An IRT Mixture Model for Rating Scale Confusion Associated with Negatively Worded Items in Measures of Social-Emotional Learning
This report examines the stability of school effects on social-emotional learning (SEL) over two years in California's CORE districts. The correlations among school effects in the same grades across different years are positive but lower than those for math and ELA. While these effects measure real contributions to SEL, their low stability draws into question whether including them in school performance frameworks and systems would be beneficial.
In "Absent from School," PACE Executive Director Heather J. Hough analyzes student absenteeism using data from California's CORE districts. She explores the differences in absenteeism rates among students and schools, comparing them to other performance indicators. Dr. Hough also examines how schools' performance on chronic absence metrics corresponds to other accountability measures, highlighting the implications for reporting school-level measures of chronic absenteeism.
California's 1.3 million English learner (EL) students have diverse needs, and many lack access to grade-level content instruction, with English language development falling short. Bilingual and dual immersion programs benefit ELs' academic, linguistic, social, and life outcomes, but reclassification policies are currently in flux. Early-career teachers may not be adequately prepared to teach ELs, and funding mechanisms are weak. EL outcomes are complex to interpret as students move in and out of the subgroup, and education sectors are not aligned to address ELs' needs.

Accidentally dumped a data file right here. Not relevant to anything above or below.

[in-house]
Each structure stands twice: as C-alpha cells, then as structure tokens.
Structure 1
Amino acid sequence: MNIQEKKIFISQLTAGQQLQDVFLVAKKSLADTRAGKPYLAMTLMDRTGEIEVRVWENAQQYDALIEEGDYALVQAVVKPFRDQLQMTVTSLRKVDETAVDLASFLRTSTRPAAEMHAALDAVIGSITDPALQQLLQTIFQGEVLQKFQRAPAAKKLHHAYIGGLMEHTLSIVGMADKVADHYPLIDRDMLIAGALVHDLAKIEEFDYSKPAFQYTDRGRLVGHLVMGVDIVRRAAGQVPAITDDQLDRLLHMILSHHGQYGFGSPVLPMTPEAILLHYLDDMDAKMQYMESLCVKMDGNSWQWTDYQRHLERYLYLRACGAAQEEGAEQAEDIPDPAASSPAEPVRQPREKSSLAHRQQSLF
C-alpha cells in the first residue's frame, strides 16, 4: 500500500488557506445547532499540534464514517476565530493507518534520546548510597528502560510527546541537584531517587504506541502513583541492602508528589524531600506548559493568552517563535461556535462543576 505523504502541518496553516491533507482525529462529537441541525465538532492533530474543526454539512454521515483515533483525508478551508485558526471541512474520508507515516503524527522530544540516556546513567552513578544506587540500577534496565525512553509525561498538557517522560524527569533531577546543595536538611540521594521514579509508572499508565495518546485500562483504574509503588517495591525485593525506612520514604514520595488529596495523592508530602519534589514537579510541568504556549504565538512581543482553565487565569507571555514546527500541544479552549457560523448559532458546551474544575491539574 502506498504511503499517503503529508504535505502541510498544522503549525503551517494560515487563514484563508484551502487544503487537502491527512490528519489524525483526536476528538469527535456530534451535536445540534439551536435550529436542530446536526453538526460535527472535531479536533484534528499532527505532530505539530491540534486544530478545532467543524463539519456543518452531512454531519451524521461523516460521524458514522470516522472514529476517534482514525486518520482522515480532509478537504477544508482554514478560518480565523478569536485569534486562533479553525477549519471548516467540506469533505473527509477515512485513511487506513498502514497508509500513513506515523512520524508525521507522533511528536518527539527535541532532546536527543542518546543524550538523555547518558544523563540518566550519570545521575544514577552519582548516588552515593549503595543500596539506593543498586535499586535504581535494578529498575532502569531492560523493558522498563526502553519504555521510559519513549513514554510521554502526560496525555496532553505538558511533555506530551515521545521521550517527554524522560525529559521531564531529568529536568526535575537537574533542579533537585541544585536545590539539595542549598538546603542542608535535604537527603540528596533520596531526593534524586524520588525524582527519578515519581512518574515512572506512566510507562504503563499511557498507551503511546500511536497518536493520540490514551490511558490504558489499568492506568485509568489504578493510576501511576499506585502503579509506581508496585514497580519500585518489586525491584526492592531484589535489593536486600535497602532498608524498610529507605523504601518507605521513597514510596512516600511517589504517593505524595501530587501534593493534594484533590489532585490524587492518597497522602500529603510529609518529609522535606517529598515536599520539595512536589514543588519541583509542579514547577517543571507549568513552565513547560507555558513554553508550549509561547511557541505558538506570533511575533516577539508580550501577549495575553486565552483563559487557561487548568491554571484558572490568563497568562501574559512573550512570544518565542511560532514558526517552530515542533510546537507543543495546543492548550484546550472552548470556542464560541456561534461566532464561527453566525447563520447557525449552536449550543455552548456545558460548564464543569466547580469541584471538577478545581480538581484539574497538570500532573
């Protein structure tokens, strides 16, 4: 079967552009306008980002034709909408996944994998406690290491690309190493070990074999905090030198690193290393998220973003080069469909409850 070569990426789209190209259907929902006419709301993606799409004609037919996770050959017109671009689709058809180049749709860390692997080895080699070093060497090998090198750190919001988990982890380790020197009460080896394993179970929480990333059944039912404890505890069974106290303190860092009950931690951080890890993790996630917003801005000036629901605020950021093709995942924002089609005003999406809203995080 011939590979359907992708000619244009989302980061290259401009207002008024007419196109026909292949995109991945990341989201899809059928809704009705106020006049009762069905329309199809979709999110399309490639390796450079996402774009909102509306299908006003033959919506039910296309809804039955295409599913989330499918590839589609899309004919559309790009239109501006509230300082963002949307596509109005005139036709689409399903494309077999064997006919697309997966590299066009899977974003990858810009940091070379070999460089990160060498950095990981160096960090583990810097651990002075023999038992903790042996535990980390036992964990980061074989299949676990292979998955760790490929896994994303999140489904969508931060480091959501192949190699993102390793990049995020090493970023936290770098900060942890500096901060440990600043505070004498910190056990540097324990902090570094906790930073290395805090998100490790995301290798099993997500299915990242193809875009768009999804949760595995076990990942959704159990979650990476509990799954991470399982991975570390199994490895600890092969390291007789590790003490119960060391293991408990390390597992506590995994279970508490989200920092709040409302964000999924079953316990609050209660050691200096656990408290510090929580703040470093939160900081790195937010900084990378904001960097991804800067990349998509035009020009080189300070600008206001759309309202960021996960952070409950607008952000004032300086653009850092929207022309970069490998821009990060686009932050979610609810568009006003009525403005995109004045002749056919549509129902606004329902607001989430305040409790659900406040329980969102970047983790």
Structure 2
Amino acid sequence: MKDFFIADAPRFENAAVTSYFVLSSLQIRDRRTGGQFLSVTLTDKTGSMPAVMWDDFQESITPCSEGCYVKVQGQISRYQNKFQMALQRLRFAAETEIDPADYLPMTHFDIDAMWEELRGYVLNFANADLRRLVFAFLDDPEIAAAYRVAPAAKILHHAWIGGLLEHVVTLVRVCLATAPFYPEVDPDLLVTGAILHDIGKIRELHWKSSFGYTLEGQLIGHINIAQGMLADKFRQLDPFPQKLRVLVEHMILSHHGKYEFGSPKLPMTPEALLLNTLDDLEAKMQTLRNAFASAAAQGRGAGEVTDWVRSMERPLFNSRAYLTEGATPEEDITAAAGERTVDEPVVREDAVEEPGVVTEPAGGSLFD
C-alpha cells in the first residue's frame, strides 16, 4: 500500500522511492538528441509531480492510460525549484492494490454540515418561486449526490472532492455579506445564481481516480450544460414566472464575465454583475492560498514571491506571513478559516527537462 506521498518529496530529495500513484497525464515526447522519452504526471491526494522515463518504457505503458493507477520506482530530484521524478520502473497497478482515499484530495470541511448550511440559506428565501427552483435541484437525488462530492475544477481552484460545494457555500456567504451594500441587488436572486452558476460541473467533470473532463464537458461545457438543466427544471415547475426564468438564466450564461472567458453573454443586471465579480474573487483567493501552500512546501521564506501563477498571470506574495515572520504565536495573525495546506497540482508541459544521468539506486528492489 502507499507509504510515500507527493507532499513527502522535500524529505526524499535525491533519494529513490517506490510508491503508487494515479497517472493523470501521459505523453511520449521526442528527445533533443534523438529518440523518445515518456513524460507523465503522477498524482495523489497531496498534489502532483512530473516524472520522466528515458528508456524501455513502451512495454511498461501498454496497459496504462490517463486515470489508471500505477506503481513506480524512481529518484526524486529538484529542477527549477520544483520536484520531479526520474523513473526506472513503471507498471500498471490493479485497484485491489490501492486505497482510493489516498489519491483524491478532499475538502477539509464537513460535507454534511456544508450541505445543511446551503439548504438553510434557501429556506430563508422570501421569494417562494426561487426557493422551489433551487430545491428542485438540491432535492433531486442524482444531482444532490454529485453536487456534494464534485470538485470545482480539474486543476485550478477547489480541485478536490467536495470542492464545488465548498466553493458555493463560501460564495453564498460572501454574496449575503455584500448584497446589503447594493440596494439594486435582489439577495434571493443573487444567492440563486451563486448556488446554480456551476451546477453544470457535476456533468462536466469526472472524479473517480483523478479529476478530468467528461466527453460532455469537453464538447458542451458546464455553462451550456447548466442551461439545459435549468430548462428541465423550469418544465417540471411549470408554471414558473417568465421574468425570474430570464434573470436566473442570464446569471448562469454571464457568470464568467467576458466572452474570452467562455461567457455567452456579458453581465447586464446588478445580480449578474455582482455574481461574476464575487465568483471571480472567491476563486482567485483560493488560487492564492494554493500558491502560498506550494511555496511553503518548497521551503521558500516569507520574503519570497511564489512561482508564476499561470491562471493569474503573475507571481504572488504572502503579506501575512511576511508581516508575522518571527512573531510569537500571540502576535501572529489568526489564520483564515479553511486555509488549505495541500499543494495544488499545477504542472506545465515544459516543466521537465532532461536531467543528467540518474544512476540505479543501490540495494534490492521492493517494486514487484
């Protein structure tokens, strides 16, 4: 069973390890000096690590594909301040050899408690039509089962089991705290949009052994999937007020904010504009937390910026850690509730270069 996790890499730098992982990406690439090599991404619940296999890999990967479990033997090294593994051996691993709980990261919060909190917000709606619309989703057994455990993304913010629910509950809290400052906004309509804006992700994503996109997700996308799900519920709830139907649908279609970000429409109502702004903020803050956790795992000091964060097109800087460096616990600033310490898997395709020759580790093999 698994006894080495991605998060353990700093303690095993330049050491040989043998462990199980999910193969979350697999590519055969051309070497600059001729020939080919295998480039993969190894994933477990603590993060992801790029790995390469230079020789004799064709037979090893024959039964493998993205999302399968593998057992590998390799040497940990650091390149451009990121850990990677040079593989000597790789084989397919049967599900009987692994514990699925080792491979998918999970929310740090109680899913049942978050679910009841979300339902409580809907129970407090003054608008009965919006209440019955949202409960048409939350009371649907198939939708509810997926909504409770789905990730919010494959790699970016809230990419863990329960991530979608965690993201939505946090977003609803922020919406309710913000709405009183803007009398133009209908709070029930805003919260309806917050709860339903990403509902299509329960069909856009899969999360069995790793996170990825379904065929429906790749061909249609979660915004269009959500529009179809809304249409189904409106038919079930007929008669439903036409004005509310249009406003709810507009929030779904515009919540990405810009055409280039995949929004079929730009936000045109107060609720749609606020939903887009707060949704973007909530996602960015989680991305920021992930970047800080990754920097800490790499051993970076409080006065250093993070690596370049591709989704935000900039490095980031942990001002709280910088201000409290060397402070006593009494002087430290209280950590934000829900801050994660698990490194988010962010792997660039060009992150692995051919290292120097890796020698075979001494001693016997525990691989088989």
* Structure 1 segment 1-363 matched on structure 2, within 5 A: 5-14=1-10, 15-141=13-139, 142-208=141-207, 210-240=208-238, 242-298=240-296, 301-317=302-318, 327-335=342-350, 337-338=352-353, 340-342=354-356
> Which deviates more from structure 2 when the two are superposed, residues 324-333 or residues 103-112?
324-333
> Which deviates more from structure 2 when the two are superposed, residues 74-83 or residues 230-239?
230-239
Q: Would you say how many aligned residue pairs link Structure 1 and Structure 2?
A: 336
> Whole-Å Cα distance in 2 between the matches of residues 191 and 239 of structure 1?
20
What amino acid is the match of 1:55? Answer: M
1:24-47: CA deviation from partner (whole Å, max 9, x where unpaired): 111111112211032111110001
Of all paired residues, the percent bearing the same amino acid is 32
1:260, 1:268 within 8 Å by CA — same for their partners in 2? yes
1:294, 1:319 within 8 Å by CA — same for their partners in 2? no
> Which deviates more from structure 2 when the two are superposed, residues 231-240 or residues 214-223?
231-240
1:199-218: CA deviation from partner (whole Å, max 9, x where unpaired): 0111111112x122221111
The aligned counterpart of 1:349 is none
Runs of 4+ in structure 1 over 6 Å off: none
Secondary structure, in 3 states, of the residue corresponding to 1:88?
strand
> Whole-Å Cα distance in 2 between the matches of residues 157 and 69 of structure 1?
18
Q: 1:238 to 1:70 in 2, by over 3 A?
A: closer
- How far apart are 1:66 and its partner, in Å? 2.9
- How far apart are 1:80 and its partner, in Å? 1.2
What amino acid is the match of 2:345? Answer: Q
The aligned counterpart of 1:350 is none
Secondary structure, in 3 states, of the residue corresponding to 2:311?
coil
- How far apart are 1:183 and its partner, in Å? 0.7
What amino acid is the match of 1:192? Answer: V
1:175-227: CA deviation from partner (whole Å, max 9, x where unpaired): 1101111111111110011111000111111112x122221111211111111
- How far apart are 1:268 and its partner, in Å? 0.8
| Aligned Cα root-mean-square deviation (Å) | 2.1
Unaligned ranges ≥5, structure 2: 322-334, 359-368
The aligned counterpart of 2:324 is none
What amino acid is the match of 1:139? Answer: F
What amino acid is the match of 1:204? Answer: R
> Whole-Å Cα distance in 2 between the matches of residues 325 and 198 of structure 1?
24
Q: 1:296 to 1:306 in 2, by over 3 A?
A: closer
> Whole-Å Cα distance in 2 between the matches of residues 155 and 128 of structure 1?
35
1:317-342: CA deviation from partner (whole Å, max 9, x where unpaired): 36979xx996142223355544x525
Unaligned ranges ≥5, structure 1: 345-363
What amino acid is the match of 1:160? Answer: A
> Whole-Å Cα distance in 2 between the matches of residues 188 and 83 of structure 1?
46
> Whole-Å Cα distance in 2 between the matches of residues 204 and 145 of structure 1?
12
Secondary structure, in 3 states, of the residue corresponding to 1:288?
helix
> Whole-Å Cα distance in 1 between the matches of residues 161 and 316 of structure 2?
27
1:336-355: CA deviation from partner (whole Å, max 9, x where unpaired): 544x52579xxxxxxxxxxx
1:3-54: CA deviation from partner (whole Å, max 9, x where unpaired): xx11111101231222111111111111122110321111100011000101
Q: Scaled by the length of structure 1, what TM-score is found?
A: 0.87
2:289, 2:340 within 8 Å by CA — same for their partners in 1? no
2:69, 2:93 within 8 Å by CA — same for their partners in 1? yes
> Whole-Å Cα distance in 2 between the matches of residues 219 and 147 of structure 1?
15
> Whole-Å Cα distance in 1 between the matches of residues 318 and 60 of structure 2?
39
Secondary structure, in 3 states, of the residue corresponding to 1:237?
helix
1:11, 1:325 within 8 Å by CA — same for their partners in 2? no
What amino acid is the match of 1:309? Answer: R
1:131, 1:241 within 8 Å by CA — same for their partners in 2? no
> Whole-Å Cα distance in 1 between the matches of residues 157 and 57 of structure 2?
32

California and the US are undergoing a cultural shift in school accountability policies towards locally-determined measures of school performance. Lessons can be learned from the CORE districts, which developed an innovative accountability system, emphasizing support over sanctions, and utilizing multiple measures of school quality. The CORE districts' measurement system and collaboration hold promise for improving local systems, but efforts to build capacity remain a work in progress.
The Local Control Funding Formula (LCFF) replaced categorical funding for schools in California in 2013, providing flexibility, targeted student funding, and local accountability. Two years in, research shows optimism and concern. The Local Control and Accountability Plan (LCAP) faces challenges, stakeholders need more engagement, and implementation requires capacity and overcoming the emerging teacher shortage. Public awareness of LCFF lags at 65%.